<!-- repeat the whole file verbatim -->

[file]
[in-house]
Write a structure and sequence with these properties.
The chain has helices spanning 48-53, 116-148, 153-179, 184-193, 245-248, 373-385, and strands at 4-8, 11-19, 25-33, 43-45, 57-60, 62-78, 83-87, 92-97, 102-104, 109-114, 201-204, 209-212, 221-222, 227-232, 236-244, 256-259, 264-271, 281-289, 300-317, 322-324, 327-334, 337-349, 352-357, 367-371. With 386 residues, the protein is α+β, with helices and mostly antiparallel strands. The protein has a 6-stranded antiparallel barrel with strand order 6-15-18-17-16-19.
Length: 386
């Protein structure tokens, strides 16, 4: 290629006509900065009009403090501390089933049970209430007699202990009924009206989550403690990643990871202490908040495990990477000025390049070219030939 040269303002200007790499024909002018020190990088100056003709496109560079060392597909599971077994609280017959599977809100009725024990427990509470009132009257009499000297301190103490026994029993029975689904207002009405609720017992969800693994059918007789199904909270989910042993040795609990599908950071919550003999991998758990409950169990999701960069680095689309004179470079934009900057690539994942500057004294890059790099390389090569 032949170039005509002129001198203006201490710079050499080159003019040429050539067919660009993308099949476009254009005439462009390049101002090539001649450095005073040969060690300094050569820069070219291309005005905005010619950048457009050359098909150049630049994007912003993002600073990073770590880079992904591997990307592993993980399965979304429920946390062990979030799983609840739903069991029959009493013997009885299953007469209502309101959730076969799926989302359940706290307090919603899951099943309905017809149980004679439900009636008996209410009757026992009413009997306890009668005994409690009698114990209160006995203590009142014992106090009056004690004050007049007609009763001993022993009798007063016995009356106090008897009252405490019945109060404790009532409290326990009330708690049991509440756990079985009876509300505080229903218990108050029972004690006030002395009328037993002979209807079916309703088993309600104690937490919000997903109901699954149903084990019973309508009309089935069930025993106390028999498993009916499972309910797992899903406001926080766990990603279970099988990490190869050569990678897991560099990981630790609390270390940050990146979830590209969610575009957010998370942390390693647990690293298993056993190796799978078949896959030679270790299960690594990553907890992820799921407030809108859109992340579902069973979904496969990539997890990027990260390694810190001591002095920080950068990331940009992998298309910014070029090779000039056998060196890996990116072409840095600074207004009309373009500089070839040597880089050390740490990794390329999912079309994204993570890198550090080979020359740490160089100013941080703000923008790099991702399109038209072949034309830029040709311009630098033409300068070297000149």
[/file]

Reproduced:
[in-house]
Write a structure and sequence with these properties.
The chain has helices spanning 48-53, 116-148, 153-179, 184-193, 245-248, 373-385, and strands at 4-8, 11-19, 25-33, 43-45, 57-60, 62-78, 83-87, 92-97, 102-104, 109-114, 201-204, 209-212, 221-222, 227-232, 236-244, 256-259, 264-271, 281-289, 300-317, 322-324, 327-334, 337-349, 352-357, 367-371. With 386 residues, the protein is α+β, with helices and mostly antiparallel strands. The protein has a 6-stranded antiparallel barrel with strand order 6-15-18-17-16-19.
Length: 386
């Protein structure tokens, strides 16, 4: 290629006509900065009009403090501390089933049970209430007699202990009924009206989550403690990643990871202490908040495990990477000025390049070219030939 040269303002200007790499024909002018020190990088100056003709496109560079060392597909599971077994609280017959599977809100009725024990427990509470009132009257009499000297301190103490026994029993029975689904207002009405609720017992969800693994059918007789199904909270989910042993040795609990599908950071919550003999991998758990409950169990999701960069680095689309004179470079934009900057690539994942500057004294890059790099390389090569 032949170039005509002129001198203006201490710079050499080159003019040429050539067919660009993308099949476009254009005439462009390049101002090539001649450095005073040969060690300094050569820069070219291309005005905005010619950048457009050359098909150049630049994007912003993002600073990073770590880079992904591997990307592993993980399965979304429920946390062990979030799983609840739903069991029959009493013997009885299953007469209502309101959730076969799926989302359940706290307090919603899951099943309905017809149980004679439900009636008996209410009757026992009413009997306890009668005994409690009698114990209160006995203590009142014992106090009056004690004050007049007609009763001993022993009798007063016995009356106090008897009252405490019945109060404790009532409290326990009330708690049991509440756990079985009876509300505080229903218990108050029972004690006030002395009328037993002979209807079916309703088993309600104690937490919000997903109901699954149903084990019973309508009309089935069930025993106390028999498993009916499972309910797992899903406001926080766990990603279970099988990490190869050569990678897991560099990981630790609390270390940050990146979830590209969610575009957010998370942390390693647990690293298993056993190796799978078949896959030679270790299960690594990553907890992820799921407030809108859109992340579902069973979904496969990539997890990027990260390694810190001591002095920080950068990331940009992998298309910014070029090779000039056998060196890996990116072409840095600074207004009309373009500089070839040597880089050390740490990794390329999912079309994204993570890198550090080979020359740490160089100013941080703000923008790099991702399109038209072949034309830029040709311009630098033409300068070297000149």